The clear one is fine. Is it blown?
    --scott


    --
    "C'est un Nagra. C'est suisse, et tres, tres precis."
  5. jd

    jd Guest

    Thanks, this is *very* helpful. The actual fuse is T 1A H, which is
    explained below. I'll run the continuity check on the ceramic fuse. I did
    not observe any damage visually, but will check with the multimeter.

    The suggestion about the internal transformer is a good one. The unit just
    quit and was not overloaded at the time. I'll check that and let you know.

    Thanks.

    john



    "Pooh Bear" <rabbitsfriendsandrelations@hotmail.com> wrote in message
    news:3F5403FE.3DD310A2@hotmail.com...
    >
    > Mike Rivers wrote:
    >
    > > In article <gTN4b.20519$Go4.19208@lakeread01> jdnorwood@cox.net writes:
    > >
    > > > My Behringer T-1953, Microphone Pre-Amp suddenly stopped working. I
    > > > replaced the ceramic fuse with an equivalent clear fuse (1 Amp, 250V

    like
    > > > the specs required), but the unit still does not work.

    >
    > Hmmm - you don't say if the original fuse was actually blown !
    >
    > If you have a multimeter, check the original fuse. If it conducts - then

    that
    > wasn't the fault.
    > If it *was* blown and it blew the replacement too - see analysis below.
    >
    > > > Do I definitely need a ceramic fuse or will the clear ones work?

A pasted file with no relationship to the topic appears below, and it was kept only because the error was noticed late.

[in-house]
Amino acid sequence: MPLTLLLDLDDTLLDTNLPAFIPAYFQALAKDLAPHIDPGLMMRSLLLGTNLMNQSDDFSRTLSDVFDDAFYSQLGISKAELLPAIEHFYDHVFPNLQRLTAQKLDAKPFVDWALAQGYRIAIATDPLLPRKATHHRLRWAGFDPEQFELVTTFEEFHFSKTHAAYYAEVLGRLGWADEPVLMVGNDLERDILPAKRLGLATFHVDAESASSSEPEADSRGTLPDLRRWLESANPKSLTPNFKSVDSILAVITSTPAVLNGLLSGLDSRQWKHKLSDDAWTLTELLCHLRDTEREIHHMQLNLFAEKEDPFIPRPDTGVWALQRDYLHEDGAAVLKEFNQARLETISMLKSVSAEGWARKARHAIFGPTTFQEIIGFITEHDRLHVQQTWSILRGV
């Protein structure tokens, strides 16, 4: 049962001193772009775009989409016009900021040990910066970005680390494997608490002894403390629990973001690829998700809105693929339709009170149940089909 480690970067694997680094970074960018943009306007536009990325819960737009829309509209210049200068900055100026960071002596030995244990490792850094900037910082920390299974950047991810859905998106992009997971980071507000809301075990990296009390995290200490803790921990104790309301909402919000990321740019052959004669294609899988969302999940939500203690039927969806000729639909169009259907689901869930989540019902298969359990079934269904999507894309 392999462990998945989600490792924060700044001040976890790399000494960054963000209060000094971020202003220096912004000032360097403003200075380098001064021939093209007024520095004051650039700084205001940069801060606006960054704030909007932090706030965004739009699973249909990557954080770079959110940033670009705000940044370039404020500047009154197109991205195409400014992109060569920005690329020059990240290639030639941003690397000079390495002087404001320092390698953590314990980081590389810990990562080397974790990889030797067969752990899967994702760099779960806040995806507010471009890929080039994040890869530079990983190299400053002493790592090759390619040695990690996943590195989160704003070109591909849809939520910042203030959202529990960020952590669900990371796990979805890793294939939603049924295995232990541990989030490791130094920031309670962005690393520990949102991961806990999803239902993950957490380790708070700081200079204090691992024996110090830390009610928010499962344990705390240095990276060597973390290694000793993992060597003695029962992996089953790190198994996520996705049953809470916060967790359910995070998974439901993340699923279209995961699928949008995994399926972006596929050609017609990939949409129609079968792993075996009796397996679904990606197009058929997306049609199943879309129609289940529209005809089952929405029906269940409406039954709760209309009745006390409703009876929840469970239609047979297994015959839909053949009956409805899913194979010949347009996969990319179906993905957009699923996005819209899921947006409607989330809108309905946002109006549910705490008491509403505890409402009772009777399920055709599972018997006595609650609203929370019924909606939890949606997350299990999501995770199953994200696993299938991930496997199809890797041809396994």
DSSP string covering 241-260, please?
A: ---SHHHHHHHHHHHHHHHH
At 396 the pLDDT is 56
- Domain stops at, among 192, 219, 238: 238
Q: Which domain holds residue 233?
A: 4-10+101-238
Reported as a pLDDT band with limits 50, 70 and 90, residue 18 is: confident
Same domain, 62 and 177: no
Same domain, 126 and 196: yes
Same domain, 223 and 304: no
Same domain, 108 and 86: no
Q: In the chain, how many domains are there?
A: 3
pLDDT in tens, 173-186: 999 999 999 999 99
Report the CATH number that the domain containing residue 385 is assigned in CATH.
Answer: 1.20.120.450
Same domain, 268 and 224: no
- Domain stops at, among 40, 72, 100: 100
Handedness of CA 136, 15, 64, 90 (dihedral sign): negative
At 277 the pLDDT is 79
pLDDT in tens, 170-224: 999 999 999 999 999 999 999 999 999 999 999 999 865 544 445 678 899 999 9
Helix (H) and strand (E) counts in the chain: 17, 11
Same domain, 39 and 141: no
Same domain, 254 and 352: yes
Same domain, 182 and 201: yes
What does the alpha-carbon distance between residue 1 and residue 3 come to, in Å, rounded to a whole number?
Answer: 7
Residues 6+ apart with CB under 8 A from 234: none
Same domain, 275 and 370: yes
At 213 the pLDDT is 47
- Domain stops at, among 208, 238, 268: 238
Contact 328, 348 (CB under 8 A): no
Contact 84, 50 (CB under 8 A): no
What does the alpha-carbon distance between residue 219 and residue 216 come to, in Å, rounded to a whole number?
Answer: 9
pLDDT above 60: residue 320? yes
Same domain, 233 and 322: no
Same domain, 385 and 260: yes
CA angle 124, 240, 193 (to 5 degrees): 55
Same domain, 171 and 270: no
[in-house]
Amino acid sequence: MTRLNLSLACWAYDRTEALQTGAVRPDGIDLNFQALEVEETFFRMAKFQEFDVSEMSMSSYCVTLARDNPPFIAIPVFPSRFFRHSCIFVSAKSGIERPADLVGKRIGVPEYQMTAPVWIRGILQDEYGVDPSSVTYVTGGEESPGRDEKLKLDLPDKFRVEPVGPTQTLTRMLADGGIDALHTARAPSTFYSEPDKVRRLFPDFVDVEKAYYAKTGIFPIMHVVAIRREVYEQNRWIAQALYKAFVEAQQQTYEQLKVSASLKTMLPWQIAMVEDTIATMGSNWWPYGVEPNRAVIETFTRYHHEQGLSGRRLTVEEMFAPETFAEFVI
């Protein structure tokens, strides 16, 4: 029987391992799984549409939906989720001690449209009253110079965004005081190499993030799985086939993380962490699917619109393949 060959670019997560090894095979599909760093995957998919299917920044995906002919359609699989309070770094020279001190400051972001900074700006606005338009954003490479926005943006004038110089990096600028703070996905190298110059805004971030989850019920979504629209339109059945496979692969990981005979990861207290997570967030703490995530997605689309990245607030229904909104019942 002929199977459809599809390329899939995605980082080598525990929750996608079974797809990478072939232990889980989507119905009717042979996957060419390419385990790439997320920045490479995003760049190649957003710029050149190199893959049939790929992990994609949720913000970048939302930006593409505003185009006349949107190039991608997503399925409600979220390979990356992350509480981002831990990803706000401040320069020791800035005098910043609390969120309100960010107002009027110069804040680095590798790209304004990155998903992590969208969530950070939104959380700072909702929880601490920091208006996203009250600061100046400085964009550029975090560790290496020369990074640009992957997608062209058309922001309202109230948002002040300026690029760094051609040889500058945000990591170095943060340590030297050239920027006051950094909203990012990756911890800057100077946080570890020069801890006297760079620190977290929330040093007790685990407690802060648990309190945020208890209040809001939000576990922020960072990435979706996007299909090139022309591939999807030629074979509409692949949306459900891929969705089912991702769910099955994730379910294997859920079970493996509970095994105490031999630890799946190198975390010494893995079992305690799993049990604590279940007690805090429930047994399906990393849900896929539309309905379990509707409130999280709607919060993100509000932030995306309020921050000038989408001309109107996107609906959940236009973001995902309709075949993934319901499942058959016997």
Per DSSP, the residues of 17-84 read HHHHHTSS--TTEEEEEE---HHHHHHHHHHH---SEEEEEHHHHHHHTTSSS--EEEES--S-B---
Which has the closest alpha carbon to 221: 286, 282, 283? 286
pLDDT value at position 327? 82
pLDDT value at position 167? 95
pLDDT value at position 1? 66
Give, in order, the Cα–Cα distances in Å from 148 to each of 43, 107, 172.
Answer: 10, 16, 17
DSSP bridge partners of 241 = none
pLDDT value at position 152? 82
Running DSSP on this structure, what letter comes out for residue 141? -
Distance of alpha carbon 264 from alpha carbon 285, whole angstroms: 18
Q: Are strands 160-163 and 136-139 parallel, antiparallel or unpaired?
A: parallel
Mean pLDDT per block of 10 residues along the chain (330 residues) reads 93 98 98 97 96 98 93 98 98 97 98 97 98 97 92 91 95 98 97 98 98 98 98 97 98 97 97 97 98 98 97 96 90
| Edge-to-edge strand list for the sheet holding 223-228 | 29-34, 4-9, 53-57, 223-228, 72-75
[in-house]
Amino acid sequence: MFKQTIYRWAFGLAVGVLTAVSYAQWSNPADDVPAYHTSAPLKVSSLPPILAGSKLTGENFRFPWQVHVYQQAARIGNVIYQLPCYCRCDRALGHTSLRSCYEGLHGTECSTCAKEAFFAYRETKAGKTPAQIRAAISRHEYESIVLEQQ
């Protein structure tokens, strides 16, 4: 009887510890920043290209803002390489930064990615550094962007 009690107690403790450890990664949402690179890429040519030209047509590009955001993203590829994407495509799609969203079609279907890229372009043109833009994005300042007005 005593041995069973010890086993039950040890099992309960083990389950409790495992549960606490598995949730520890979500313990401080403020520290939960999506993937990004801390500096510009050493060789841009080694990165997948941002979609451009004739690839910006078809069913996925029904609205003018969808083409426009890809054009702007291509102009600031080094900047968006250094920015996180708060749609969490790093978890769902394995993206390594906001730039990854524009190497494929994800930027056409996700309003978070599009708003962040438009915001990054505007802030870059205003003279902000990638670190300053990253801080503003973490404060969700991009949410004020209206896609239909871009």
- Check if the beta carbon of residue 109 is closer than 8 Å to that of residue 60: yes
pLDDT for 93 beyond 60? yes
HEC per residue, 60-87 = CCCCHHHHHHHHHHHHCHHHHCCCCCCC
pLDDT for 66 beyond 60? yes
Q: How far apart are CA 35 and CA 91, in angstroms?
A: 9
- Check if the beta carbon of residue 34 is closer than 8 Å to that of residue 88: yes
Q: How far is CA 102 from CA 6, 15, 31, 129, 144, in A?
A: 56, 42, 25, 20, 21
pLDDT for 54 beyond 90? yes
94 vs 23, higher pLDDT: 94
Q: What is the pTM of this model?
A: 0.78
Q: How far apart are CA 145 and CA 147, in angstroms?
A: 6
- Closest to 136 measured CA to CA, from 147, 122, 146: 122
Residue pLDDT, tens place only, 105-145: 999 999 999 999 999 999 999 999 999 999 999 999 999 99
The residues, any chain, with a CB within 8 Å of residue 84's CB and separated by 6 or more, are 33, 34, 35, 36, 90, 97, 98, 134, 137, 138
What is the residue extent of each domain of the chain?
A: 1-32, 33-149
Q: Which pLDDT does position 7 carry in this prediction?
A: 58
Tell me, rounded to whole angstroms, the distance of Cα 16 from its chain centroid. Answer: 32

> >
    > > Many ceramic fuses are slow-blowing, which take a higher than rated
    > > current for a short period of time. You need to determine the type of
    > > fuse and replace it with a similar one. It may indicate the type of
    > > fuse on the panel near the fuseholder, or in the manual.

    >
    > Errr - actually it ain't that simple. Fuses to the IEC spec, which will
    > certainly be used by Behringer ( being European ) have specific marking
    > regarding their fusing characteristics.
    >
    > An example fuse marking goes typically like this F 1A L. Look on the metal

    cap
    > on the end of the fuse. It'll also say 250V too.
    >
    > F denotes the fusing speed F= fast T=time delay ( slo-blo in US speak )

    FF (
    > rare ) = ultra fast, sometimes used to protect sensitive semiconductor

    devices.
    > In theory there's an M ( medium ) although I've never seen one.
    >
    > 1A = 1 Amp ( or whatever current the number says ) - the design current.

    IEC
    > and US fuses rate the carrying current differently - that's why we say -
    > "replace with same type and rating" !
    >
    > L = Low breaking current - invariably a glass fuse. H = high breaking

    current (
    > often ceramic but may also be glass with sand fill ). A ceramic body will
    > almost never fracture under a fault condition- whereas glass types may do.

    The